“Their love of reading goes beyond books. Millennials and Gen Z both love to read magazines, too,” Caruso continues. “About two years ago, The New York Times noticed an uptick in smaller-run magazines—particularly food-focused publications that were founded by 20–30-year-olds. This was just the early part of a trend, and other boutique titles followed, all printed on a lower budget, produced by younger adults, and read by younger audiences.”

What does this mean for the future of print? For one, it means the either/or approach is simply out the window.

“Just as the customer journey has changed in the world of shopping, so too has the media consumption journey,” Caruso writes. “Millennials and Gen Z may be digital natives, but they’re also aware of the need to unplug and look up from their mobile screens. Therefore, just as retailers have learned to do, publishers should be prepared to engage them at every touchpoint in the online and offline worlds.”

“For now, meeting audiences on social media and engaging them with ‘snackable’ content is just as important as putting a jaw-droppingly gorgeous photo on the cover shoppers see at the corner store checkout,” he concludes. “Offering a print-plus-digital bundle is as important as a special Fall Fashion Issue or exclusive streaming content for subscribers only. The evolution of publishing continues, and the younger generations are molding the future. And the future, it seems, can be perfectly bound.”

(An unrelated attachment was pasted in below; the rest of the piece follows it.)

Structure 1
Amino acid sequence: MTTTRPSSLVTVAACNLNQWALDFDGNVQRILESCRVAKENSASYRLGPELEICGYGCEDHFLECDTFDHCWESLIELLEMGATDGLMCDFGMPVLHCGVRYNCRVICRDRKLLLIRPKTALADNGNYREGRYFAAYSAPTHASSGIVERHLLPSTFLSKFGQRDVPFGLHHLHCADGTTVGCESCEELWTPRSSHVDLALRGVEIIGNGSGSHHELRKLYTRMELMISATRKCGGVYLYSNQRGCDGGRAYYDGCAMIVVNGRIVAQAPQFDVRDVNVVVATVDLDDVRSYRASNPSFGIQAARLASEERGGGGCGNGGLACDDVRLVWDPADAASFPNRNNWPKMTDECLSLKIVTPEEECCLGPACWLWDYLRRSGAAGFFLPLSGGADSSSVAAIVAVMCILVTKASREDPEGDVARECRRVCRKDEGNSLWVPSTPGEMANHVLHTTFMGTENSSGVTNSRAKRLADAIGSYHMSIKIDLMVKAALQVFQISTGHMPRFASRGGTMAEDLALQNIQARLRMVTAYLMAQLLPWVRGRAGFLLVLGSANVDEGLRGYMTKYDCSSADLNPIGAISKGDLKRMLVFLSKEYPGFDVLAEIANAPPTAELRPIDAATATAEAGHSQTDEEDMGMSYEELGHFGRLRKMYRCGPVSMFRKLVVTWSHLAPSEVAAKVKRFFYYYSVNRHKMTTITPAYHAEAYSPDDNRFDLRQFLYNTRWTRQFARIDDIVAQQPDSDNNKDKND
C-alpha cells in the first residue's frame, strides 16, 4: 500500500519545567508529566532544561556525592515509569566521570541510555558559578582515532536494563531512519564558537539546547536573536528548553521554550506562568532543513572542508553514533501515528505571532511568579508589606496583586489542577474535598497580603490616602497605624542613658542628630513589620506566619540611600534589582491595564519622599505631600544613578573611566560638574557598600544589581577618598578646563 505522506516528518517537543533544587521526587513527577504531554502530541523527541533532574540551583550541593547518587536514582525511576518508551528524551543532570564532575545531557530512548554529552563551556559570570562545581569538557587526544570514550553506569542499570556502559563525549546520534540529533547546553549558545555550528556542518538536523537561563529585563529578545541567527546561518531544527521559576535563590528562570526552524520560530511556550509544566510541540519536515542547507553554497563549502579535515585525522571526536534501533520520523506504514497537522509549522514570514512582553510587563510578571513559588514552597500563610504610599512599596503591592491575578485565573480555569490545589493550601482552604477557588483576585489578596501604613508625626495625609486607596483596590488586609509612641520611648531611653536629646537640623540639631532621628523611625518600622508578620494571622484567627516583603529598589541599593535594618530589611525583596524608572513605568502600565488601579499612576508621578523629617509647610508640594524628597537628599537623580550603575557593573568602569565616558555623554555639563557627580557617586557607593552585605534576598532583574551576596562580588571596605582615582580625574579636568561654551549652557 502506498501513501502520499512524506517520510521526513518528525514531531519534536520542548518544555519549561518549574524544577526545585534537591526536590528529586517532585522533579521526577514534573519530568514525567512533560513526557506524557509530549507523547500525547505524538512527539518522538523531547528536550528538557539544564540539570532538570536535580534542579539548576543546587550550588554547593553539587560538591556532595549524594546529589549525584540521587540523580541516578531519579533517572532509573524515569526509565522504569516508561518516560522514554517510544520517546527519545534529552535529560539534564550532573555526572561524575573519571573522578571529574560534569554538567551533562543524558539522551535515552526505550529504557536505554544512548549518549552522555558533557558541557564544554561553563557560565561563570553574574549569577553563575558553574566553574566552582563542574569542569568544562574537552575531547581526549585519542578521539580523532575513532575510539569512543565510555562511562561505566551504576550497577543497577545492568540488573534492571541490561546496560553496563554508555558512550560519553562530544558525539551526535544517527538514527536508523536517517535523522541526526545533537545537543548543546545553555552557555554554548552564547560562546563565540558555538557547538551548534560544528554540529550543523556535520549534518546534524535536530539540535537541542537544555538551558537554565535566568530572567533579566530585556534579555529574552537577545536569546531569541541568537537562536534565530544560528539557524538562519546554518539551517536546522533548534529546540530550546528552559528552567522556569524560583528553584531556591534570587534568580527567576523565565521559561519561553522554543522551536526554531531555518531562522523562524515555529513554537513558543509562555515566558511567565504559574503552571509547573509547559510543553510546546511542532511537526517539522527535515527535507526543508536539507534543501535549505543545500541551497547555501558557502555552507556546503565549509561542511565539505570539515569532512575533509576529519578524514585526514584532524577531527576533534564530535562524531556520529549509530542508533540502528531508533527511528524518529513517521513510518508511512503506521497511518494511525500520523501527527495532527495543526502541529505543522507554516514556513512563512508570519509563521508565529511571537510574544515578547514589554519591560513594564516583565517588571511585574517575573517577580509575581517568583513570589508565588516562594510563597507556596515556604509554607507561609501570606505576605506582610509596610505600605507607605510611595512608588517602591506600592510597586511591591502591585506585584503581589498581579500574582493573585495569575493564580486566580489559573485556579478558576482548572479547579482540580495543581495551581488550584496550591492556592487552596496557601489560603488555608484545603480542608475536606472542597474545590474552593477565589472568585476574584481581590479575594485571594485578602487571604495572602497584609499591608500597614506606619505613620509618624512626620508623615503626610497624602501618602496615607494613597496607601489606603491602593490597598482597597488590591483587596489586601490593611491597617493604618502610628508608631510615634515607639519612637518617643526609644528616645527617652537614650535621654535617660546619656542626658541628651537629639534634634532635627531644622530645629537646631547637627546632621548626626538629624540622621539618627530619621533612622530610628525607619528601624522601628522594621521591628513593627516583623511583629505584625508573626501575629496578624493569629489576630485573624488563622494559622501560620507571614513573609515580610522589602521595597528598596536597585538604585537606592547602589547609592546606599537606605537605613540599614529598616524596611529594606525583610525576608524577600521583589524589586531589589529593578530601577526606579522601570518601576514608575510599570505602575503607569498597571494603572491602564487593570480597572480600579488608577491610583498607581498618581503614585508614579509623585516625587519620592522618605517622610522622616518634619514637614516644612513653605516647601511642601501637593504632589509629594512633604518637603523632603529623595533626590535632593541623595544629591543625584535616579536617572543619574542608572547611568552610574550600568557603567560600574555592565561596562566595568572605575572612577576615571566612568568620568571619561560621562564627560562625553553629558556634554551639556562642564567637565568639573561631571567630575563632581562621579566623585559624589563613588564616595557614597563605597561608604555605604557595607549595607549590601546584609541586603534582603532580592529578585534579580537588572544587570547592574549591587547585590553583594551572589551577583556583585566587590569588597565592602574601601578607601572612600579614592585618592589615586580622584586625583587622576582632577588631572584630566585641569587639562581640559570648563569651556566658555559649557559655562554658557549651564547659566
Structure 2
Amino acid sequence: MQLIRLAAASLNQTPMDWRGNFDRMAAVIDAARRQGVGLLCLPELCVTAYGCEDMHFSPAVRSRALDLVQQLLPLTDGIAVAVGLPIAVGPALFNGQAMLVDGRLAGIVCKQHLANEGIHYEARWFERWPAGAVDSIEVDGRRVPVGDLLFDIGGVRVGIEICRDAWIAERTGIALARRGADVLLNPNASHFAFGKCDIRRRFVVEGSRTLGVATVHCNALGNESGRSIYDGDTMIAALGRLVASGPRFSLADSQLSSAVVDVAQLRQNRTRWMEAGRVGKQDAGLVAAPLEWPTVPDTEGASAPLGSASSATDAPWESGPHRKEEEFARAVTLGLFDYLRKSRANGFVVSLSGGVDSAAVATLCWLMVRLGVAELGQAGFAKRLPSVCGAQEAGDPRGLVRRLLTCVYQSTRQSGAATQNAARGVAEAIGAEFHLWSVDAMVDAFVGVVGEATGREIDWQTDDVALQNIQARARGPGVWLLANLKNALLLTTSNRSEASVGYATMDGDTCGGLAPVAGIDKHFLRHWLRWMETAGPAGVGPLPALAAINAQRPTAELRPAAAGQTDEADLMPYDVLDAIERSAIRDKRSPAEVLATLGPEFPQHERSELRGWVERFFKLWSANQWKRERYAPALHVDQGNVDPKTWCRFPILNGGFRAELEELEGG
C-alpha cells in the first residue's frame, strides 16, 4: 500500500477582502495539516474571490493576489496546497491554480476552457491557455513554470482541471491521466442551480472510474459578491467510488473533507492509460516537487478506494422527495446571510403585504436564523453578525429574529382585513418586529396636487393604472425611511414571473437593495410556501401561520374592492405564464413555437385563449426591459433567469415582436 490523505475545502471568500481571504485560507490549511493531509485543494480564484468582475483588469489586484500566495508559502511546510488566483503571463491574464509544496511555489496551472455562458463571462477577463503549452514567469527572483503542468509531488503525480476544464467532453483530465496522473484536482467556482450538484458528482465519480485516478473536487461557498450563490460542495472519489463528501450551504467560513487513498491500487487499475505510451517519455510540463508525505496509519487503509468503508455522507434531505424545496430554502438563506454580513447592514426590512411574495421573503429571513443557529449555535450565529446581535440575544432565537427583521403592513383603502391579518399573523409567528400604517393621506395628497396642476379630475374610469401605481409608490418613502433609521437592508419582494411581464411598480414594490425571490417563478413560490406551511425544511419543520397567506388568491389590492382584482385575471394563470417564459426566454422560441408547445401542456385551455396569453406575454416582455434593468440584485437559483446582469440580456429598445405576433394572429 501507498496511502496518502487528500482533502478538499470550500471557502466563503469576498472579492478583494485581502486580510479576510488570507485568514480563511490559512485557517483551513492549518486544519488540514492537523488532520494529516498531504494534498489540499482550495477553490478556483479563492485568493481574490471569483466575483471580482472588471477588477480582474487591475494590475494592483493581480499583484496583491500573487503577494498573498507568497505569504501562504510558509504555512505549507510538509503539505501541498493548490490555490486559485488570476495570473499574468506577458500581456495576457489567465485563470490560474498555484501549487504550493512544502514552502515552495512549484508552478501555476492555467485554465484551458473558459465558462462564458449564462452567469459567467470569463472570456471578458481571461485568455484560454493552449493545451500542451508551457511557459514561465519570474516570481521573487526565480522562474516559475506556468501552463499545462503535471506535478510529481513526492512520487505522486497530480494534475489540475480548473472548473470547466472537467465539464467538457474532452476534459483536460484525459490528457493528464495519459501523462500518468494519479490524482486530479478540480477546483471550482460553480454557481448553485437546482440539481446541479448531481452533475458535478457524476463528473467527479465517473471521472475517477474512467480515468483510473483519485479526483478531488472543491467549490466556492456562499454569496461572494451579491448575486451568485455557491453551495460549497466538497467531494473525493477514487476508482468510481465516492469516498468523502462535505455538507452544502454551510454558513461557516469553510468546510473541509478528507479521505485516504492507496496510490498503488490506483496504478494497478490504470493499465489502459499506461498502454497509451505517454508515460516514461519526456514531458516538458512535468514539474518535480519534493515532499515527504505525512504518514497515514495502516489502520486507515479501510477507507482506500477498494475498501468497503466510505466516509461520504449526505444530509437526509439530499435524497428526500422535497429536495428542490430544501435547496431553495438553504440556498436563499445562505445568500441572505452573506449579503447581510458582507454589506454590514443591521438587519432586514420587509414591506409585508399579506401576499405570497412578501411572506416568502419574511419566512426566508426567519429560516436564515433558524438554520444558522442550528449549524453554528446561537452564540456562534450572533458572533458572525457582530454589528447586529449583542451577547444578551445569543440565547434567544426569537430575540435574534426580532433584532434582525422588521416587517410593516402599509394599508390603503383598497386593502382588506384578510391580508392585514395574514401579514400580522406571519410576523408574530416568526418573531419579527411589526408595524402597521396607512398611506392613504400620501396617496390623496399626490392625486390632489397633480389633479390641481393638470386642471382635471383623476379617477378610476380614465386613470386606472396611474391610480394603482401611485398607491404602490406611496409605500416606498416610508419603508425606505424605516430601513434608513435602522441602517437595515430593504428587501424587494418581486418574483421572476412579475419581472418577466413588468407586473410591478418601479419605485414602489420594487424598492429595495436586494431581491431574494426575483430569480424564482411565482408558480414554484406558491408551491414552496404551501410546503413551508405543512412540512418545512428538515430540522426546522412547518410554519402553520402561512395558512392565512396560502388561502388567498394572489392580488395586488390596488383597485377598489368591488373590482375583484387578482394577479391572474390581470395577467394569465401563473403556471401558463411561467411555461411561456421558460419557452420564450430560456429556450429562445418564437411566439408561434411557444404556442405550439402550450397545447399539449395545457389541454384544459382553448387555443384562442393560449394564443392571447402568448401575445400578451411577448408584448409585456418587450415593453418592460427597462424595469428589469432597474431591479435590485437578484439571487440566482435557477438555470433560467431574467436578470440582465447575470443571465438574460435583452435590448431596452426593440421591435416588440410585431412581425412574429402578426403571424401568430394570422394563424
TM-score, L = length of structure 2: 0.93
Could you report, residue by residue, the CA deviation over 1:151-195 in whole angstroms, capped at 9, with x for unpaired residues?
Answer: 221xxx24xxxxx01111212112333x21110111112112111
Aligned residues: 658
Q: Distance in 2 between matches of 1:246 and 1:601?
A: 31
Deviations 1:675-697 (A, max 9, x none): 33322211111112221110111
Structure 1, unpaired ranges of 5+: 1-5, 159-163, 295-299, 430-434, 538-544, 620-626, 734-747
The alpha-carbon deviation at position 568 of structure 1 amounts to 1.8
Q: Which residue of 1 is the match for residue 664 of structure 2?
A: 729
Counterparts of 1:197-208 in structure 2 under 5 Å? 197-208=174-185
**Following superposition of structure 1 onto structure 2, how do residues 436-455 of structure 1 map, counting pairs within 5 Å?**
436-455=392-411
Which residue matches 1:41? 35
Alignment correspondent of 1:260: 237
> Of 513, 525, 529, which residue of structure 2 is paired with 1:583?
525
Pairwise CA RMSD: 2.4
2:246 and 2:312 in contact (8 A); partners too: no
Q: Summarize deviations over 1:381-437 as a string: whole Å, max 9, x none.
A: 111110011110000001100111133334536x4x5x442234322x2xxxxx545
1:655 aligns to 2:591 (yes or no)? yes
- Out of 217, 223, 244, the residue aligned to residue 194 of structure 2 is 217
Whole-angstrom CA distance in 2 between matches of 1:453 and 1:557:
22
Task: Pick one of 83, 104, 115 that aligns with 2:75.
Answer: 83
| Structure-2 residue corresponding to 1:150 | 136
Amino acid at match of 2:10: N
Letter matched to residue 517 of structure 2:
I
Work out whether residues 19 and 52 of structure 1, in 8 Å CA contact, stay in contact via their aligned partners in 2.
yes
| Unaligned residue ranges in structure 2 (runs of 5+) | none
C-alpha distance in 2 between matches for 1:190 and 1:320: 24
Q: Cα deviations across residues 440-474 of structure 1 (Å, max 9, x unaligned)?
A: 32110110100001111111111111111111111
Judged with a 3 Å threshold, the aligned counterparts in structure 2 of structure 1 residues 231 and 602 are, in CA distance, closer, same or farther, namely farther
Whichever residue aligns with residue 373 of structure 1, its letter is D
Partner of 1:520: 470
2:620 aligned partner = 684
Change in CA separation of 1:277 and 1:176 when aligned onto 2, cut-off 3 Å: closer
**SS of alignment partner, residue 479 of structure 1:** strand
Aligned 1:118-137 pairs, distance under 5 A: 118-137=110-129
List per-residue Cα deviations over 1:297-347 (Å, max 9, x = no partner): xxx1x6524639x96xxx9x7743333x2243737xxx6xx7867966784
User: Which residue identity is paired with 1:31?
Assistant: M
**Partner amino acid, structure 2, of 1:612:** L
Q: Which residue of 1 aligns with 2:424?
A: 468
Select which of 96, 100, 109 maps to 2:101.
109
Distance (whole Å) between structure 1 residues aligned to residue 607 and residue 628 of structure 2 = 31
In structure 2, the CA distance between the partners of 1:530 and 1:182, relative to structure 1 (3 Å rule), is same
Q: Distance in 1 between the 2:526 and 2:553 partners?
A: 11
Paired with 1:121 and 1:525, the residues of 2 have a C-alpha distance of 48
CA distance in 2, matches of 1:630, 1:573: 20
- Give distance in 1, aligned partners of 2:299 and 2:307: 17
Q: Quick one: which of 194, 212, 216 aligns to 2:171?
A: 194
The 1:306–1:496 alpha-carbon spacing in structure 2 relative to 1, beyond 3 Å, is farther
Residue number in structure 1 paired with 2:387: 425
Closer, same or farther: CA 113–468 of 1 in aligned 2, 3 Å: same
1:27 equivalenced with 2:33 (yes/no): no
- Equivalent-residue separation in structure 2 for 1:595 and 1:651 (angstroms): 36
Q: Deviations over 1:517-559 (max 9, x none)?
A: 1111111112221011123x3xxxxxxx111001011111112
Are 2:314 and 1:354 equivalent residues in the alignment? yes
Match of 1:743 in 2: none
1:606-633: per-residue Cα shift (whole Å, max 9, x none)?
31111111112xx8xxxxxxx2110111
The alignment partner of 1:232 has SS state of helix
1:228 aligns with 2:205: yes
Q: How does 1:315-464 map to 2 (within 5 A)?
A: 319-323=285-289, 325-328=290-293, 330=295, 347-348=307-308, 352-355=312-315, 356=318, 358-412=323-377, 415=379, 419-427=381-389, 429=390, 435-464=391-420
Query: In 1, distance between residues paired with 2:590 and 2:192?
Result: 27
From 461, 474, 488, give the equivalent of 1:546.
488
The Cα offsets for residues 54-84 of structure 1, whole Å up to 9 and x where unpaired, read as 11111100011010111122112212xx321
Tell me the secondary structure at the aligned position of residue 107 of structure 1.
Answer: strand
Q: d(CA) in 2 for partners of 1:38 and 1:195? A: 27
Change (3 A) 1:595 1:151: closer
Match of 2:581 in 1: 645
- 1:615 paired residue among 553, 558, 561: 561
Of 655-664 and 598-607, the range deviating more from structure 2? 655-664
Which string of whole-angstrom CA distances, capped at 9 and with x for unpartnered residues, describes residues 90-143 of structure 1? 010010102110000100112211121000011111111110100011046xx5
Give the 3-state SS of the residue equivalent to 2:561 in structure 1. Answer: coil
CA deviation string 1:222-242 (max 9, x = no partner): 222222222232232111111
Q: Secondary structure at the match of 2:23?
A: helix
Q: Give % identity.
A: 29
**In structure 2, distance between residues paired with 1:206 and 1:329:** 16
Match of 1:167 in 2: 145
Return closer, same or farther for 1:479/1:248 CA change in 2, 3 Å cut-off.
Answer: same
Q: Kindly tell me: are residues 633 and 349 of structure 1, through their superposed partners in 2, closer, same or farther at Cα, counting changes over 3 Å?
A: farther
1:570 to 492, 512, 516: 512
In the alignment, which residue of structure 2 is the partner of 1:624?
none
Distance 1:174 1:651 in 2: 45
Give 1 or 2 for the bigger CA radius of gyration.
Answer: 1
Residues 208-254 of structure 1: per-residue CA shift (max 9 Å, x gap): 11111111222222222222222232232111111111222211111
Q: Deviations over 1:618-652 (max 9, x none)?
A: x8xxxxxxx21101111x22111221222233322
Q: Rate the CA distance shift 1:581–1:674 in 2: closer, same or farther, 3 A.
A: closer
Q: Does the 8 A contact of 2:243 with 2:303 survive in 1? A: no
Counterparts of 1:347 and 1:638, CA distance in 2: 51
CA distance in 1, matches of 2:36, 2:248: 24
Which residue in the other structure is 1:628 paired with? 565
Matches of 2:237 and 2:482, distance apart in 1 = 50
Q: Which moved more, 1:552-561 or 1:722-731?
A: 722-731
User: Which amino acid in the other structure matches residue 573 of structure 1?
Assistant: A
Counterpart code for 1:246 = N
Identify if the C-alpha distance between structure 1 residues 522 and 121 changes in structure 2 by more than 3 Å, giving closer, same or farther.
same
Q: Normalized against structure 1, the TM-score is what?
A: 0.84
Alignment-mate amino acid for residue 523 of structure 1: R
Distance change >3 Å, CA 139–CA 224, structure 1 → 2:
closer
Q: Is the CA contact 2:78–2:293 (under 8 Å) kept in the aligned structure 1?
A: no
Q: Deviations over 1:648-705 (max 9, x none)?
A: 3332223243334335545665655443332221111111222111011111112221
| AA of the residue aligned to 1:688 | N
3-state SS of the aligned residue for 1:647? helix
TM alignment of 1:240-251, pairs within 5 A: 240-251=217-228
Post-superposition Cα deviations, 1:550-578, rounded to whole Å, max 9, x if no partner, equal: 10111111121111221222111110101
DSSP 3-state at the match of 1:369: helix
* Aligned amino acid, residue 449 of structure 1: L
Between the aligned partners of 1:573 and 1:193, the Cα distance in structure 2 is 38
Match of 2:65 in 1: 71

As we look toward the future of print, we must look also to the habits of this important audience, and deliver content true to their multi-channel lives. Print remains firmly in the mix for this generation.

Why print is essential for the future of education

Source: The Two Sides Team November 12, 2019

A four-year project examining the results of 54 research studies with 170,000 people has concluded that print is vital for effective education.

The argument that reading on paper results in deeper comprehension and retention, concentration, vocabulary building and memory has been given immense weight by a groundbreaking study by Intergraf, the European federation for print and digital communication.